Voices Against Brain Cancer Commends a Surgical Innovation That Lights Up Brain Tumors

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Voices Against Brain Cancer, the organization dedicated to brain cancer research and advocacy, commends an article published in Oncology Nurse Advisor on an innovative research technique that directs resection of brain tumors.

On March 13, Voices Against Brain Cancer (VABC), an organization dedicated to brain cancer research and advocacy, commends the use of a 5-ALA fluorescence guide used to resection aggressive glioblastoma multiforme (GBM) brain tumors as discussed in a recent article in the Oncology Nurse Advisor.

According to the Oncology Nurse Advisor, “Before surgery, the patient ingests 5-ALA, then the tumor cells fluoresce intraoperatively in response to certain wavelengths of light. This can provide information not necessarily available through magnetic resonance imaging (MRI), which is the standard mode of imaging used to detect primary and recurrent GBMs. The additional information provided by 5-ALA fluorescence can guide surgeons in the treatment of individual cases.”

Because a patients’ survival relies on immediately extracting as much of the tumor as possible, surgeons are faced with a sense of urgency when dealing with GBM patients, and the new procedure enhances and expedites this process. The article describes how surgeons are using 5-ALA fluorescence to identify tumors and have been able to distinguish them from healthy brain tissue, revealing a “pathway between the original and recurrent lesions.”

Describing one patient's case, the article explains some details of the surgeons' process: “During surgery, a blue light was used to activate 5-ALA fluorescence of tumor cells, thus differentiating the tumor from other brain tissue. Using the blue light, the surgeons were also able to detect tumor cells along the lining of the right lateral ventricle, in the ependymal and subependymal regions.”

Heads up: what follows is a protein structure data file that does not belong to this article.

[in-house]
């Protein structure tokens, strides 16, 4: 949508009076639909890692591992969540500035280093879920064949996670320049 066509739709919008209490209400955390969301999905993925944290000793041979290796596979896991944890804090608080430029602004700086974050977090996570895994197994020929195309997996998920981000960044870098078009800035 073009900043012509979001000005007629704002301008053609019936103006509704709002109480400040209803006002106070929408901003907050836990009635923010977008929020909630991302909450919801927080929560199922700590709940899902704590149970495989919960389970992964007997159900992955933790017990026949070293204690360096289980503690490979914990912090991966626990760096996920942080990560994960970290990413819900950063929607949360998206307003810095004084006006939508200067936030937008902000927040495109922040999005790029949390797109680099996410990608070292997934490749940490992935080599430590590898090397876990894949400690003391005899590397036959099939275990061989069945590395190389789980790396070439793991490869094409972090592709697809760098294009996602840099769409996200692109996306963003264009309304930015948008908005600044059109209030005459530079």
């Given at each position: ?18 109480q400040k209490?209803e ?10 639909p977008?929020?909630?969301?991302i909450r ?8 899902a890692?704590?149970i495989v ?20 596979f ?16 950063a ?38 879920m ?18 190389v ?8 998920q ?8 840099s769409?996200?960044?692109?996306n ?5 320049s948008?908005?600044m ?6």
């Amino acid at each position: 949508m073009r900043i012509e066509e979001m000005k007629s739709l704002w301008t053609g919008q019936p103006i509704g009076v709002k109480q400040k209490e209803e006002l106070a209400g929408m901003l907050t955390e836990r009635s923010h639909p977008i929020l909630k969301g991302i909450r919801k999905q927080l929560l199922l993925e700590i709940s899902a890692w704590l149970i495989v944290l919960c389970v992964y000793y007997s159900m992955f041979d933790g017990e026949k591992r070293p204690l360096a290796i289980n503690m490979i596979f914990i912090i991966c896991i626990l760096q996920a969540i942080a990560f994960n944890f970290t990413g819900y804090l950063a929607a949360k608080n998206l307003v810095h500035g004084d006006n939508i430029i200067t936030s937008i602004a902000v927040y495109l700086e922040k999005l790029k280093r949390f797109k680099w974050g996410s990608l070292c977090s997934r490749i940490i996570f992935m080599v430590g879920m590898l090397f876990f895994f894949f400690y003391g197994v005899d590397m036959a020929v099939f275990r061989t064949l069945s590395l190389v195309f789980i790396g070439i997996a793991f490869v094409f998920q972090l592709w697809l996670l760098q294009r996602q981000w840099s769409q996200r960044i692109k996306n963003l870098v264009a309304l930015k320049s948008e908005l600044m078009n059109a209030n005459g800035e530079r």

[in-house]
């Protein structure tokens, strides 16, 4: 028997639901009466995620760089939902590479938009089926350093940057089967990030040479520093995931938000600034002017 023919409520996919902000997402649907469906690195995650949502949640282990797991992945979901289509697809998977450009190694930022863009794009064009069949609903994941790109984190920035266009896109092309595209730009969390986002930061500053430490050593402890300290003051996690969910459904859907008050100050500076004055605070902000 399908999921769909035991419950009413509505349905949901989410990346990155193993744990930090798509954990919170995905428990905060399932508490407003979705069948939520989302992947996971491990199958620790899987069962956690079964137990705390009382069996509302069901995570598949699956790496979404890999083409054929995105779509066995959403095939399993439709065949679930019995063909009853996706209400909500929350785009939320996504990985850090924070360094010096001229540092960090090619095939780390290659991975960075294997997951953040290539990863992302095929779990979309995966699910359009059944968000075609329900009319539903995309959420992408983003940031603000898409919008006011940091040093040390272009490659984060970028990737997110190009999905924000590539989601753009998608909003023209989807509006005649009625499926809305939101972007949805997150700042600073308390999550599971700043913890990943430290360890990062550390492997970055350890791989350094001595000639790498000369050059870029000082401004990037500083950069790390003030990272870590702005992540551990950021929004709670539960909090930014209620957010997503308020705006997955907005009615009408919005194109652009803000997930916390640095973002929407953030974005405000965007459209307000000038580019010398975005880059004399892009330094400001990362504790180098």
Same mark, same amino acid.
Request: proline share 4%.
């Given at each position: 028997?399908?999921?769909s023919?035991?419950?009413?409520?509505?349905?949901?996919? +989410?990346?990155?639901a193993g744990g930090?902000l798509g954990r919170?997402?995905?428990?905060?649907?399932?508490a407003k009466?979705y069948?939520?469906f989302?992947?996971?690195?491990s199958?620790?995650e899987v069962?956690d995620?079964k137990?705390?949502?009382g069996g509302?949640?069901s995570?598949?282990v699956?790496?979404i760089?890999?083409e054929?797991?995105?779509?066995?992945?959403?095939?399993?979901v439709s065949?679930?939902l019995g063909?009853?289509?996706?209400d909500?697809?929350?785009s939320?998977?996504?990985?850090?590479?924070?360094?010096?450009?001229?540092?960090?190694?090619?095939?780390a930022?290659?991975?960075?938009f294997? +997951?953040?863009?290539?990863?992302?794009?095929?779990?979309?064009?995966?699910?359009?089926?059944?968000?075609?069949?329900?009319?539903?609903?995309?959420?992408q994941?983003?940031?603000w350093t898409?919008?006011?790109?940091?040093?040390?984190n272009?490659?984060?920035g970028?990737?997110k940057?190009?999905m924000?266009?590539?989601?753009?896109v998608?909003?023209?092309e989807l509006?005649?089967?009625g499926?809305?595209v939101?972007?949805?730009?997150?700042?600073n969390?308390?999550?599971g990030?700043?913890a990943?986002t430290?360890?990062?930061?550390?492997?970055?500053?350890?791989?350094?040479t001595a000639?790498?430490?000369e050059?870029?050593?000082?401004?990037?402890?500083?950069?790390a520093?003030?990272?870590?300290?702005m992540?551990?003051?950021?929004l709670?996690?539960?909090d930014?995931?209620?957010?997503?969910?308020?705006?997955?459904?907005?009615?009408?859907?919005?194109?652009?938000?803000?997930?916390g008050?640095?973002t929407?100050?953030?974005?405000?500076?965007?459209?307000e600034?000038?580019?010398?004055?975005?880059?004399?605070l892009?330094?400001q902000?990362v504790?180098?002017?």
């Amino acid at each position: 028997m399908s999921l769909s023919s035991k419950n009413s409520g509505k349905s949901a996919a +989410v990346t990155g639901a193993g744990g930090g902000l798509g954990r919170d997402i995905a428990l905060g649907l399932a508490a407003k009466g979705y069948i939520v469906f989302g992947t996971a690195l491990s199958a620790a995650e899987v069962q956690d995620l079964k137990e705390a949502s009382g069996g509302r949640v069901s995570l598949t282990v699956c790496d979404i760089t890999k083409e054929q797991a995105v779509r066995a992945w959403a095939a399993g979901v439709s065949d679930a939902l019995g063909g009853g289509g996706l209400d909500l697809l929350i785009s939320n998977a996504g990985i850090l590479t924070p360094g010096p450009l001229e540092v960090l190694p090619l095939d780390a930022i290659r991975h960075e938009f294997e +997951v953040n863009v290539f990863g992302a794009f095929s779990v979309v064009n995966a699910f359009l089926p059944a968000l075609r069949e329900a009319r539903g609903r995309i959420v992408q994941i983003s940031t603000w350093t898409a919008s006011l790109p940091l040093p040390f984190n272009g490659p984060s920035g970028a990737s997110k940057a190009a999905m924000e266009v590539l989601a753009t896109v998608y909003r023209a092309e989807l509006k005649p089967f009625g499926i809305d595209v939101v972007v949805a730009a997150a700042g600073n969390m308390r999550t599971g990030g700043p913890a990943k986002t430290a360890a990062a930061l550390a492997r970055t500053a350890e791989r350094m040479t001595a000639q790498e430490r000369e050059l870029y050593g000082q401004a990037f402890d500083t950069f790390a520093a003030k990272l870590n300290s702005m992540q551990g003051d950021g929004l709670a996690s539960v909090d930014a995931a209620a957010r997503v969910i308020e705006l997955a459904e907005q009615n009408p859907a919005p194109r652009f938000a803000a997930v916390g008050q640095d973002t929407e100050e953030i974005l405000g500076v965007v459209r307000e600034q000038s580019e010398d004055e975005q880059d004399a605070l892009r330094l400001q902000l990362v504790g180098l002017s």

Michael Klipper, VABC chairman, is excited about the new procedure and says, “This technique is a win for brain cancer treatments and will vastly improve surgeries and will, hopefully, lengthen patients’ life expectancies. The difficult nature of brain tumors has been a serious burden on those afflicted with brain cancer as well as on treatment professionals.” Klipper adds, “We look forward to seeing what the future holds and we’re ecstatic about new procedural innovations like this that improve the odds for those struggling with this deadly disease.”

VABC has a wide variety of initiatives in place for brain cancer research, awareness and support. The organization’s research grants fund cutting-edge research programs that will have a monumental impact on the diagnosis and treatment of brain cancer. VABC currently funds research at several esteemed institutions such as Brookhaven National Laboratory, Cleveland Clinic, Columbia, Cornell, Duke, Harvard, John Hopkins, Memorial Sloan-Kettering and Yale, to name a few.

VABC's mission is to find a cure for brain cancer by advancing scientific research, increasing awareness within the medical community and supporting patients, their families and caregivers afflicted with this devastating disease.

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Alicia McAllister
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